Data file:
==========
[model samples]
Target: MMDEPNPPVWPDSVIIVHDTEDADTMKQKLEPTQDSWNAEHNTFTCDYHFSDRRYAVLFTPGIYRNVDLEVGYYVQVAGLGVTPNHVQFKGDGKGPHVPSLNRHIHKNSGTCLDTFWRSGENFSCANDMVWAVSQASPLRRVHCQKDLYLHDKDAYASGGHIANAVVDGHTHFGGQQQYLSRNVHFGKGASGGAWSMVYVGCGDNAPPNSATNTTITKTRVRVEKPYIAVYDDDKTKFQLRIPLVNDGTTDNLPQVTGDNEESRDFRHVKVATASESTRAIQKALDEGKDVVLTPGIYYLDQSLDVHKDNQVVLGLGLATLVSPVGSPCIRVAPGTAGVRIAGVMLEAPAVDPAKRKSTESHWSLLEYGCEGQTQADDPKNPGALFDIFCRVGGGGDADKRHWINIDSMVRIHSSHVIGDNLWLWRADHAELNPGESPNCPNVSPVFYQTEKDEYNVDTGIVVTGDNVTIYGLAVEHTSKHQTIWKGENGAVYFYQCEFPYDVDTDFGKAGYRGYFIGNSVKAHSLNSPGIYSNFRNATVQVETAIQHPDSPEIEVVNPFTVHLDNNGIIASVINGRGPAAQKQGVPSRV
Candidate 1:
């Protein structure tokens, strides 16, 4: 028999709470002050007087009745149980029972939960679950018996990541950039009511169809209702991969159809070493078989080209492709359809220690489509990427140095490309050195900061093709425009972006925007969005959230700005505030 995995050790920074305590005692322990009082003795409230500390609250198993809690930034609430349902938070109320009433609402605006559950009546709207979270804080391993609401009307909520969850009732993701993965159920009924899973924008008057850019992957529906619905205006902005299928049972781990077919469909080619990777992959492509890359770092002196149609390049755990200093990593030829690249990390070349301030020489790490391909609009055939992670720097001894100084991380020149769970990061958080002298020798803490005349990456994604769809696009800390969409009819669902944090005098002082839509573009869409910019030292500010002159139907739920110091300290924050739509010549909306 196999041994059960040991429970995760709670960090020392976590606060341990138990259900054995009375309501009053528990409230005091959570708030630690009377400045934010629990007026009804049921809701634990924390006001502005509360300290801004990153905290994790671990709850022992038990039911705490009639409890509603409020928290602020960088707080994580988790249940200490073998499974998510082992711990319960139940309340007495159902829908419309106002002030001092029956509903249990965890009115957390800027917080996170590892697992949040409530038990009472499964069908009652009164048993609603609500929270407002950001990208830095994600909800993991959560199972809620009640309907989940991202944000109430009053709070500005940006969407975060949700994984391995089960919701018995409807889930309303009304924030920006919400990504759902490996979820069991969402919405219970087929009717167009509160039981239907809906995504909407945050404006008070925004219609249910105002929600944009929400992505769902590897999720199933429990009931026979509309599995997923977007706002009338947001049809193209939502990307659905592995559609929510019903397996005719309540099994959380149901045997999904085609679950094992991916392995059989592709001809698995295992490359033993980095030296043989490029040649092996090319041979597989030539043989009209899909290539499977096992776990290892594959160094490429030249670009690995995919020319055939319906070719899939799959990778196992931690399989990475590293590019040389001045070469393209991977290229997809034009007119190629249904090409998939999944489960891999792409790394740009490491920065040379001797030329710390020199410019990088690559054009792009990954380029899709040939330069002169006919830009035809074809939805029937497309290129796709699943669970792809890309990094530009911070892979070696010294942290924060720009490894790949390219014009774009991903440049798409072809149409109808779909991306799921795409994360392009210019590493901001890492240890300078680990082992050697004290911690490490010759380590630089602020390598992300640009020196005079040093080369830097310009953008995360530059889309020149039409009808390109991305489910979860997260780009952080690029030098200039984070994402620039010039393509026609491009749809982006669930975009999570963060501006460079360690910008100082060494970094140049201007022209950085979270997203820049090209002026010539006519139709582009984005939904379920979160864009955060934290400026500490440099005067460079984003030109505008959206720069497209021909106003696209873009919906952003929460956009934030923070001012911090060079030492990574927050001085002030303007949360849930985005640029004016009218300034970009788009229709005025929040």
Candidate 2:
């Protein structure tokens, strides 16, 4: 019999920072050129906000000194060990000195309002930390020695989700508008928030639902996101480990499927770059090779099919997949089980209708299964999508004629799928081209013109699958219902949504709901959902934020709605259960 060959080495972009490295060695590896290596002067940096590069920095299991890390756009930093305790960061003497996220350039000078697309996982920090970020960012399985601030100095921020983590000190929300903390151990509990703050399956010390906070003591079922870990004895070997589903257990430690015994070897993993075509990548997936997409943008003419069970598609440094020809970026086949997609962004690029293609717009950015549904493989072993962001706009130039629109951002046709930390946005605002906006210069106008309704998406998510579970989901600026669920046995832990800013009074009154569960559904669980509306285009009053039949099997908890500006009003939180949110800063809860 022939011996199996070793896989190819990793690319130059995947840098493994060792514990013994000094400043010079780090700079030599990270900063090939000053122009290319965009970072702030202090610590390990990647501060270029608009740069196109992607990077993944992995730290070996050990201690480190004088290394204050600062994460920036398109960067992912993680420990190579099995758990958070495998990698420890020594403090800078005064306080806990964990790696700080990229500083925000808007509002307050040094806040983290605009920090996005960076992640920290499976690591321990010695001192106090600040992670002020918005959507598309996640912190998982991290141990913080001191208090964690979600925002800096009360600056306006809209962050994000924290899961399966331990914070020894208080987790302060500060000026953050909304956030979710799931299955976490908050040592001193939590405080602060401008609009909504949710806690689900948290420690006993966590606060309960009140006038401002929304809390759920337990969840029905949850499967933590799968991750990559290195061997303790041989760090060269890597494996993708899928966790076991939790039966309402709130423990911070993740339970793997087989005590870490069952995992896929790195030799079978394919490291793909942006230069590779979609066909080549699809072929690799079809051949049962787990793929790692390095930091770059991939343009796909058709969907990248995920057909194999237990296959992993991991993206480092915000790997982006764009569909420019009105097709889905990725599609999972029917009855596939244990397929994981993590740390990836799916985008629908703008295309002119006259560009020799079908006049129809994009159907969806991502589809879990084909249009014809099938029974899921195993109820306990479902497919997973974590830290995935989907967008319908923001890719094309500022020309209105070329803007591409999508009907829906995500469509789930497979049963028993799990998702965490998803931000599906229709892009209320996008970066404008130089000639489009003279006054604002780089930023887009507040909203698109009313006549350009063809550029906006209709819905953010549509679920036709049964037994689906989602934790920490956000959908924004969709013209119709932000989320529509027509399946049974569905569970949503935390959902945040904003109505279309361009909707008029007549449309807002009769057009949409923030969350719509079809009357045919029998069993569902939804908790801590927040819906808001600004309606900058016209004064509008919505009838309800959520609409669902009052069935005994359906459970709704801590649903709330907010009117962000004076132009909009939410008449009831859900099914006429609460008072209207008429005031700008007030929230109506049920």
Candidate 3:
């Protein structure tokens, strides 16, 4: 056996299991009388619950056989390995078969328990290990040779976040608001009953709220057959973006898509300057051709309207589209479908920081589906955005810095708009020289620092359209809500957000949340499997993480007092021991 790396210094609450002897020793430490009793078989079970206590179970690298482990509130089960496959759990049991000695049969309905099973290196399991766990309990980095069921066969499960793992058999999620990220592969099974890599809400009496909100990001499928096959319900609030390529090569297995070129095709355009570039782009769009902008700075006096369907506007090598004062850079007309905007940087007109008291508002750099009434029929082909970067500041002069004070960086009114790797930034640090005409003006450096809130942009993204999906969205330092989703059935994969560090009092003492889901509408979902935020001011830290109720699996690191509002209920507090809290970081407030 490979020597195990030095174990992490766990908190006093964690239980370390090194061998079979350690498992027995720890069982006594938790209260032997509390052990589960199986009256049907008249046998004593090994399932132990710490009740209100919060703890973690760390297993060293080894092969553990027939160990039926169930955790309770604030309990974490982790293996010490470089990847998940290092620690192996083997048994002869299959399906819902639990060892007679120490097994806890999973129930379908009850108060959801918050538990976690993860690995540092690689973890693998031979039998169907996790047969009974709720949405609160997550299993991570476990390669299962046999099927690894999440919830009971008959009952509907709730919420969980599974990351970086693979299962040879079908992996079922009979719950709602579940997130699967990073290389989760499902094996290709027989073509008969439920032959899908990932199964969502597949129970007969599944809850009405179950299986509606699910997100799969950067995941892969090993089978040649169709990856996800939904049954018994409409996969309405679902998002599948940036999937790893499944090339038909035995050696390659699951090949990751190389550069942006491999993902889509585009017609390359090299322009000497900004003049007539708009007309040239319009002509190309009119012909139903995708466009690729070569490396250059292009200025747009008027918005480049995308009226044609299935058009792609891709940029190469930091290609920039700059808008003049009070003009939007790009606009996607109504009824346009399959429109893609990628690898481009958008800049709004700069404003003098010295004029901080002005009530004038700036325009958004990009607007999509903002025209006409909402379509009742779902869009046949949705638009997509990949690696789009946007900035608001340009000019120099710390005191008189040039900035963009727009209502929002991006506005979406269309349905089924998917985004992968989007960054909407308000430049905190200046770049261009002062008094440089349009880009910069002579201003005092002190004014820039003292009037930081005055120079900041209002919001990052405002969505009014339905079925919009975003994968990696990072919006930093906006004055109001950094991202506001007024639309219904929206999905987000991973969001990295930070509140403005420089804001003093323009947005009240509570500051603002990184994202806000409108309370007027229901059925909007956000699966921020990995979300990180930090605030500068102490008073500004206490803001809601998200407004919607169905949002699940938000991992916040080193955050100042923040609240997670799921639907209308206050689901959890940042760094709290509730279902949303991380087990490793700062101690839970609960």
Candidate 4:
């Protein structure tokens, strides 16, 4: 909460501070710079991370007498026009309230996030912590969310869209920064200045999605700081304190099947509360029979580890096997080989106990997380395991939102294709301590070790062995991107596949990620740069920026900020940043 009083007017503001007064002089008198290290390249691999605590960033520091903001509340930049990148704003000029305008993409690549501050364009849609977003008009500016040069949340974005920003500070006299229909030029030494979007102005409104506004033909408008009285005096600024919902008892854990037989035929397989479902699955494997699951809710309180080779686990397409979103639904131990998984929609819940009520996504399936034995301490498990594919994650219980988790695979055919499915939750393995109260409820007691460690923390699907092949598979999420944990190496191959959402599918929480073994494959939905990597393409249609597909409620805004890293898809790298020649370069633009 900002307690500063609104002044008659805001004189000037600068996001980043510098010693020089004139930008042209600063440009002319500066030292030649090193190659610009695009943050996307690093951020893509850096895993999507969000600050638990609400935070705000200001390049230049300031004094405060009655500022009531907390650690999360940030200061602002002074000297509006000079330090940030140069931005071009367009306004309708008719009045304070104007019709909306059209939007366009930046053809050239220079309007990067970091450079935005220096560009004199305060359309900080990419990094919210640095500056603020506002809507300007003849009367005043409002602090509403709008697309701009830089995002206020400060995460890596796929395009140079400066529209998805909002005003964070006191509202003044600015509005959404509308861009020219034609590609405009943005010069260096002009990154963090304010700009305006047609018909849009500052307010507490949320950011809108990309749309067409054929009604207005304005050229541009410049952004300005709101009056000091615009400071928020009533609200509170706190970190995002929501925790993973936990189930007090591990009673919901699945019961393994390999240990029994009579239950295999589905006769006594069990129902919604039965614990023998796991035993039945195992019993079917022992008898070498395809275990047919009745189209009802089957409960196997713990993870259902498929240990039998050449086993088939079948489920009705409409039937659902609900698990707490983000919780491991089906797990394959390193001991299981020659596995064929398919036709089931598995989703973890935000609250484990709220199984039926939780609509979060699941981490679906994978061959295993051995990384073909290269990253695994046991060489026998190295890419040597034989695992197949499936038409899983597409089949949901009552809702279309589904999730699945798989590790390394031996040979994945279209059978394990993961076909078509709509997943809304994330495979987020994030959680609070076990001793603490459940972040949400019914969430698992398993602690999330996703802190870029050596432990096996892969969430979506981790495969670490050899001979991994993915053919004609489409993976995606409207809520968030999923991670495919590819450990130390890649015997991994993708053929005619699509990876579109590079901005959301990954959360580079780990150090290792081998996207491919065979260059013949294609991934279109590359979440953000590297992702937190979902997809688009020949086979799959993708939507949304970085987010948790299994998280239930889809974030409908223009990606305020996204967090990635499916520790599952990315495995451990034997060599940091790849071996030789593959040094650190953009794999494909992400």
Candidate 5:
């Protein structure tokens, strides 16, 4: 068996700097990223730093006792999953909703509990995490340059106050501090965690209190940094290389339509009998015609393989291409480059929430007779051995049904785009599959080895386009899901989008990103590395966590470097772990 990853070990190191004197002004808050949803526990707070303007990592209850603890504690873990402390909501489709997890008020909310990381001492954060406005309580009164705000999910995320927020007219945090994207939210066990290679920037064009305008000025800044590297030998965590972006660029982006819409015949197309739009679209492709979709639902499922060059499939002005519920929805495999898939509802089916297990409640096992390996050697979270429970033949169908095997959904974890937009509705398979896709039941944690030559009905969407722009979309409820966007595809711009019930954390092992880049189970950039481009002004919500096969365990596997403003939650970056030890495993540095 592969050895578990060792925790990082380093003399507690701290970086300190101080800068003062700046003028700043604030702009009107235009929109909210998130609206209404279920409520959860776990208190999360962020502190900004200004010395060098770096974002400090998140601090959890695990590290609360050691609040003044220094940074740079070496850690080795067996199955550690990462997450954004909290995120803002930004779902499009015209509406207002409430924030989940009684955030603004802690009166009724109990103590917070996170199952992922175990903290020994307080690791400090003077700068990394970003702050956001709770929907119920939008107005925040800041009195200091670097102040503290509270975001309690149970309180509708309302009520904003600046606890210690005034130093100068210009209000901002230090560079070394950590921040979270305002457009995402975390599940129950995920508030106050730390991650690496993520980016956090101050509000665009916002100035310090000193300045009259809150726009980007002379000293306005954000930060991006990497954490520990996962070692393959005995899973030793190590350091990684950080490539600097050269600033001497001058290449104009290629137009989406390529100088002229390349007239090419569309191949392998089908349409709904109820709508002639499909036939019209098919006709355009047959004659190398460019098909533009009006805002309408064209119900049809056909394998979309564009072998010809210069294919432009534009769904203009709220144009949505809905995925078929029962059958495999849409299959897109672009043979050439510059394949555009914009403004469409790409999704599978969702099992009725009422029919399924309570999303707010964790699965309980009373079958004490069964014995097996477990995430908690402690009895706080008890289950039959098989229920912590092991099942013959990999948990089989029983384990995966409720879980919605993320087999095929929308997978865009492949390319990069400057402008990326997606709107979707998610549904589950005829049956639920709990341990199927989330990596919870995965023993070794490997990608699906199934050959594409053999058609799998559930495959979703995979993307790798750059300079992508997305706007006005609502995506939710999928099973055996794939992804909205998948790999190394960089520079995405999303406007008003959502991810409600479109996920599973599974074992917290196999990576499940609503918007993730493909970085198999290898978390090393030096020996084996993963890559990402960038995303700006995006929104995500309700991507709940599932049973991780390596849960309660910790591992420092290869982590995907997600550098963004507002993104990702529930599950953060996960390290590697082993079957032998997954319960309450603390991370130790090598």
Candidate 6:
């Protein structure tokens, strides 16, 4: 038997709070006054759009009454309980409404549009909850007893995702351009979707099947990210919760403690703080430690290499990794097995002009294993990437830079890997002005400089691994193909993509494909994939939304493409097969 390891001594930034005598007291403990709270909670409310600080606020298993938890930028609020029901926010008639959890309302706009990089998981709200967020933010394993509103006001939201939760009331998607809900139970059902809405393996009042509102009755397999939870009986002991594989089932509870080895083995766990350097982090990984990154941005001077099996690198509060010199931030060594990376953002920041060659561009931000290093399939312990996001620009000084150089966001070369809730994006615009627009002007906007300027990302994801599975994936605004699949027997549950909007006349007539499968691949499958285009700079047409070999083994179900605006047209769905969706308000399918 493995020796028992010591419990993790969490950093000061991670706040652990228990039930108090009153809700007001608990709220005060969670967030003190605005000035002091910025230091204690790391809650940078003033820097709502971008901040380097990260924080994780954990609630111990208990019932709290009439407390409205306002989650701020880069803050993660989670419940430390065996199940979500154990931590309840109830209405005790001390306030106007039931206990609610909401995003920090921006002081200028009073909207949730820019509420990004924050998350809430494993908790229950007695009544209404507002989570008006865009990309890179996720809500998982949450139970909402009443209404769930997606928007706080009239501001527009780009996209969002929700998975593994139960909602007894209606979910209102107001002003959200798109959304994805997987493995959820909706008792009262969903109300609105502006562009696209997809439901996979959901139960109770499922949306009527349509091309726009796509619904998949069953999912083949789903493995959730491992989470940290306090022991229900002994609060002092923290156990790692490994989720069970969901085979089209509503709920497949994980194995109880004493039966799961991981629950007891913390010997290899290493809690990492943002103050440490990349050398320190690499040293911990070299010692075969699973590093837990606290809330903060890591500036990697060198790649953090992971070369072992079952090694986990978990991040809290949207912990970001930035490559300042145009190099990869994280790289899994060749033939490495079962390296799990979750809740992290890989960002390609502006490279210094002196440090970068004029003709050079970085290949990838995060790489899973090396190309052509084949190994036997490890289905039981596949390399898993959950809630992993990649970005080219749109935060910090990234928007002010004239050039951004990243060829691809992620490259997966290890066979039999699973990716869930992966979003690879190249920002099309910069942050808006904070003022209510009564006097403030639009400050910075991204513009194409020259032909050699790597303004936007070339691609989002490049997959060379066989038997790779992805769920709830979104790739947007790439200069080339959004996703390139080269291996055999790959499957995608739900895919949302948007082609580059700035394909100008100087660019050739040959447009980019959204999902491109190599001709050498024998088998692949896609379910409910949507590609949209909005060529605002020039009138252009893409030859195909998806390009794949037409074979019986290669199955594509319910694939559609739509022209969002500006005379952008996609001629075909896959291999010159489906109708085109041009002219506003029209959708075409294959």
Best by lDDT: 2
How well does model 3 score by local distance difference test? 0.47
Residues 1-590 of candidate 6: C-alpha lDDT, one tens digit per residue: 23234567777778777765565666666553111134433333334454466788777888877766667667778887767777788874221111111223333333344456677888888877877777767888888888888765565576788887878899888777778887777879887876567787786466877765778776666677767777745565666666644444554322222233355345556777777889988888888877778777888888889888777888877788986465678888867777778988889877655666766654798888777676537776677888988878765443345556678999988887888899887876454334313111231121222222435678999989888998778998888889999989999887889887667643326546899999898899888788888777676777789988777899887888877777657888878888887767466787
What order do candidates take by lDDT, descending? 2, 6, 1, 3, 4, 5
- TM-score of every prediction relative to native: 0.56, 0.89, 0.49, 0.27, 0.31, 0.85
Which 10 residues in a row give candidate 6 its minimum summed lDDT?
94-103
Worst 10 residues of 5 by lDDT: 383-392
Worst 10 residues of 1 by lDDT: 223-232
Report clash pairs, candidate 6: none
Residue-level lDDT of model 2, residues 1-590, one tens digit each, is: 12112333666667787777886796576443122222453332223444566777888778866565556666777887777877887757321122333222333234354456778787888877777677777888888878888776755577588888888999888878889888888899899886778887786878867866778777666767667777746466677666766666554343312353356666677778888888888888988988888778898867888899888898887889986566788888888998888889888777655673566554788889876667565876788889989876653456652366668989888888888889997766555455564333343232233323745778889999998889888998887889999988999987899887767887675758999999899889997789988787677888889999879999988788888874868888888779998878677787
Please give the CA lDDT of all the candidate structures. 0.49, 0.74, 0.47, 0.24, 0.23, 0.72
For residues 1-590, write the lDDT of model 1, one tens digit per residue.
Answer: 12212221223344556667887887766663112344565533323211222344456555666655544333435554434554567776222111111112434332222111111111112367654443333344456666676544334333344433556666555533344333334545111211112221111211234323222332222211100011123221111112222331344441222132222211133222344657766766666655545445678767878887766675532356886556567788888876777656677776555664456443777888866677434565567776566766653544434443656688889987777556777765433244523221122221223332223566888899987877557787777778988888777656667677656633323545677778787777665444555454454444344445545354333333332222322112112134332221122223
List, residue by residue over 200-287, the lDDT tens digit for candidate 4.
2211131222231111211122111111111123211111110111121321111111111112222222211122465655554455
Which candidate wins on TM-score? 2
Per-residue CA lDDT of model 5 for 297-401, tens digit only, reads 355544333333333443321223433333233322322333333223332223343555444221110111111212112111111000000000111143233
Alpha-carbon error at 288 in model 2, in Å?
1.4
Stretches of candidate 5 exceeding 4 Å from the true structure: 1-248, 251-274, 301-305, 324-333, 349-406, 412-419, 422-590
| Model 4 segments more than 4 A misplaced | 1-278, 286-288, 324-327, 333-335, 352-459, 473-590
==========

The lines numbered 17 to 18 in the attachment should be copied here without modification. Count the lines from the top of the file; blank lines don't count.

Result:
Residues 1-590 of candidate 6: C-alpha lDDT, one tens digit per residue: 23234567777778777765565666666553111134433333334454466788777888877766667667778887767777788874221111111223333333344456677888888877877777767888888888888765565576788887878899888777778887777879887876567787786466877765778776666677767777745565666666644444554322222233355345556777777889988888888877778777888888889888777888877788986465678888867777778988889877655666766654798888777676537776677888988878765443345556678999988887888899887876454334313111231121222222435678999989888998778998888889999989999887889887667643326546899999898899888788888777676777789988777899887888877777657888878888887767466787
What order do candidates take by lDDT, descending? 2, 6, 1, 3, 4, 5